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Can you get a job over 50?

Discussion in 'Education news' started by dunnocks, May 29, 2018.

  1. 50sman

    50sman Lead commenter

    Became Head of Business Studies and ICT

    1n 1989 to be Head of Department in History you had to have a PHD

    In 1989 to be Head of ICT you had to know where the switch was!

    (That’s the problem with History - there’s no future in it!)
  2. catbefriender

    catbefriender Lead commenter

    Thanks for sharing that 50s. It's always good to know where the potential for jobs are, outside of Maths, Science and MFL.

    Onwards and upwards Mate and I hope when you leave teaching it's

    a. at the time you want and
    b. on your terms.


    On a side note, @50sman was one of the regulars on the TES Unemployed Teachers Forum years ago and as I said, we are ALWAYS trying to help and support others. Even though 50s is now in work, he is still helping others. I highly commend that.

    agathamorse likes this.
  3. CheeseMongler

    CheeseMongler Lead commenter

    They probably don't know, they probably have to google what an o-level is, let alone when they stopped.
    agathamorse and catbefriender like this.
  4. tonymars

    tonymars Established commenter

    I'm over 50, left a full time teaching job last year, and have worked as a supply since February. London, core subject. The CV I sent out to agencies only included my most recent degree and teaching experience. No mention of my age, deliberately. So far have managed to find medium term work when I wanted it, in my subject. Apart from one agency clown who asked me for a fuller CV which "elaborated on everything I had done in my life" - which I ignored- none of the other agencies even asked how old I was and my guess is they didn't communicate this to the schools I went to either. Or if they did, the schools weren't bovvered. I think they just wanted someone who knew their subject and how to teach it, wasn't a softie and would stay for the period they said they would.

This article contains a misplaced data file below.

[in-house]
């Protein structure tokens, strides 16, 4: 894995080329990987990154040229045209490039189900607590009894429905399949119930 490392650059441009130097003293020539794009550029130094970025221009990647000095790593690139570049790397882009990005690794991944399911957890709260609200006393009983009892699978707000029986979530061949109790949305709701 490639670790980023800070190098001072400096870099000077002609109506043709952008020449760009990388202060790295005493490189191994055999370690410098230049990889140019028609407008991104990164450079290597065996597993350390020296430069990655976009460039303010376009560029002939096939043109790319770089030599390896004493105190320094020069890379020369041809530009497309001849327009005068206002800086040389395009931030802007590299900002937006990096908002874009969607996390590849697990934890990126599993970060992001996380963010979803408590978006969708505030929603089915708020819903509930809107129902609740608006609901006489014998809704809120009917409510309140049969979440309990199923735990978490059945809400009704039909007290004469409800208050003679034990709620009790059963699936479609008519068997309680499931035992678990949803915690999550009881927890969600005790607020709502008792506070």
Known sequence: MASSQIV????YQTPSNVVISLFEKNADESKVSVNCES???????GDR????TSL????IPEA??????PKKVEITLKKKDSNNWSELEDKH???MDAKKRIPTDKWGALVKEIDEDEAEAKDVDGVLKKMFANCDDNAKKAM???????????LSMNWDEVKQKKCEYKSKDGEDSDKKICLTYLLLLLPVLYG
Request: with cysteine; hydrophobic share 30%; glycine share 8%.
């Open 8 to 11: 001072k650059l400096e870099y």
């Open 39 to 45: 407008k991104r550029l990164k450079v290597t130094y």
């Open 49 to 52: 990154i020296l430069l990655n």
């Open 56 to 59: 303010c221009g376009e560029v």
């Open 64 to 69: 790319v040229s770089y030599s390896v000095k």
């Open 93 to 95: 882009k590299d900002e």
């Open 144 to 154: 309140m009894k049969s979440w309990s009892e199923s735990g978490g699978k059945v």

When I left full time teaching last year I had done enough thinking and research to work out that even if I did want a "permanent" job with pension contributions, paid holiday etc the only way I would get this would be via a supply placing first, and that it would not be worth my time or energy or mental health to apply direct to schools. So I didn't and haven't and almost certainly won't.

    Money, financial commitments? Well, I am probably more fortunate than most. But also, I never envisaged that, from last year, anything teaching related would ever be my only income. And I have always known that it is possible to live very well on very little money.

    NQT and younger teachers unable to find work and "forced" to do supply? Well yes, maybe, if by "work" you mean full time, permanent work, cat. I have a theory that many schools do not actually want permanent staff - they will always prefer supplies because they are even easier to get rid of and of course they are cheaper. Decline in behaviour due to succession of supply teachers? Ah well, so what? Lower exam grades? Ah well, so what? Is it or is it not the case these days that an increasing number of people are actually seeing through this? Do good GCSE grades guarantee a place at a good institution of further learning or even a good job? Actually no, and did they ever? Government statistics give a very false impression of "unemployment," and ignore the real nature of "work" these days.

    I really understand the anger of some posters here about ageism - and there is no doubt this exists- I too have experienced this before I got into teaching. However, and I am not one to preach, it might be better for some to move on from this emotion.
    agathamorse and catbefriender like this.
  5. catbefriender

    catbefriender Lead commenter